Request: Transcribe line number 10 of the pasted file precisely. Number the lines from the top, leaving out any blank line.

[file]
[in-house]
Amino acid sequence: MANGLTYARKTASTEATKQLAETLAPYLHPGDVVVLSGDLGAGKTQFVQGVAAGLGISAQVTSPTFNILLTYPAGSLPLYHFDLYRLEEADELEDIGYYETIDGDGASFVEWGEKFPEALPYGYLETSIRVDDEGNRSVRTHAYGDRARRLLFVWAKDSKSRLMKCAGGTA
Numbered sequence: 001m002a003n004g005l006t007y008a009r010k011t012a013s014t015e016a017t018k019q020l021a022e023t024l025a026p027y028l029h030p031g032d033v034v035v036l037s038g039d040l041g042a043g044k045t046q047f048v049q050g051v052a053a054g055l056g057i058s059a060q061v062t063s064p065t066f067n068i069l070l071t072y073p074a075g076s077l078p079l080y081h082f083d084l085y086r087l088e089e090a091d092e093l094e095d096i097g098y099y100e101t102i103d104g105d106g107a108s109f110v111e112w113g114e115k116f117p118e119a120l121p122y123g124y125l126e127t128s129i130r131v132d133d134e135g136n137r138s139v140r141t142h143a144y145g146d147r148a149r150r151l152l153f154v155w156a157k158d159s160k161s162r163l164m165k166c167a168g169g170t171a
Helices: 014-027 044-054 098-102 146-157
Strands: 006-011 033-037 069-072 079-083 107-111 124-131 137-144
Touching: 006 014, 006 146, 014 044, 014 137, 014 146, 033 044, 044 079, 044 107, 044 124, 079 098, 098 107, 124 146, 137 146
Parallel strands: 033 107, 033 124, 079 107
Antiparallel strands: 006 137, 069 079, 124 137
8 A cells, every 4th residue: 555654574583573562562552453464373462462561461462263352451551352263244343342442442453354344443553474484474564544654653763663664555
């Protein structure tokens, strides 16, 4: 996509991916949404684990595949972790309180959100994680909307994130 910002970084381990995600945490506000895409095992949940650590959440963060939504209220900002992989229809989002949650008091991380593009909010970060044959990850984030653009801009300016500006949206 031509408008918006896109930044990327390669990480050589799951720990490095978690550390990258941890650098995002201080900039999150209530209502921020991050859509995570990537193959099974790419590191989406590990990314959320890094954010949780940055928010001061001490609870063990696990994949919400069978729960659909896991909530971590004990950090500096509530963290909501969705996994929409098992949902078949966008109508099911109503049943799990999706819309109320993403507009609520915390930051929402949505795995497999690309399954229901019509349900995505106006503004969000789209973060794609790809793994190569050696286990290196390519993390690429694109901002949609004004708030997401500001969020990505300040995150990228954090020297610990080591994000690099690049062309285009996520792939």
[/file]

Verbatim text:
């Protein structure tokens, strides 16, 4: 996509991916949404684990595949972790309180959100994680909307994130 910002970084381990995600945490506000895409095992949940650590959440963060939504209220900002992989229809989002949650008091991380593009909010970060044959990850984030653009801009300016500006949206 031509408008918006896109930044990327390669990480050589799951720990490095978690550390990258941890650098995002201080900039999150209530209502921020991050859509995570990537193959099974790419590191989406590990990314959320890094954010949780940055928010001061001490609870063990696990994949919400069978729960659909896991909530971590004990950090500096509530963290909501969705996994929409098992949902078949966008109508099911109503049943799990999706819309109320993403507009609520915390930051929402949505795995497999690309399954229901019509349900995505106006503004969000789209973060794609790809793994190569050696286990290196390519993390690429694109901002949609004004708030997401500001969020990505300040995150990228954090020297610990080591994000690099690049062309285009996520792939």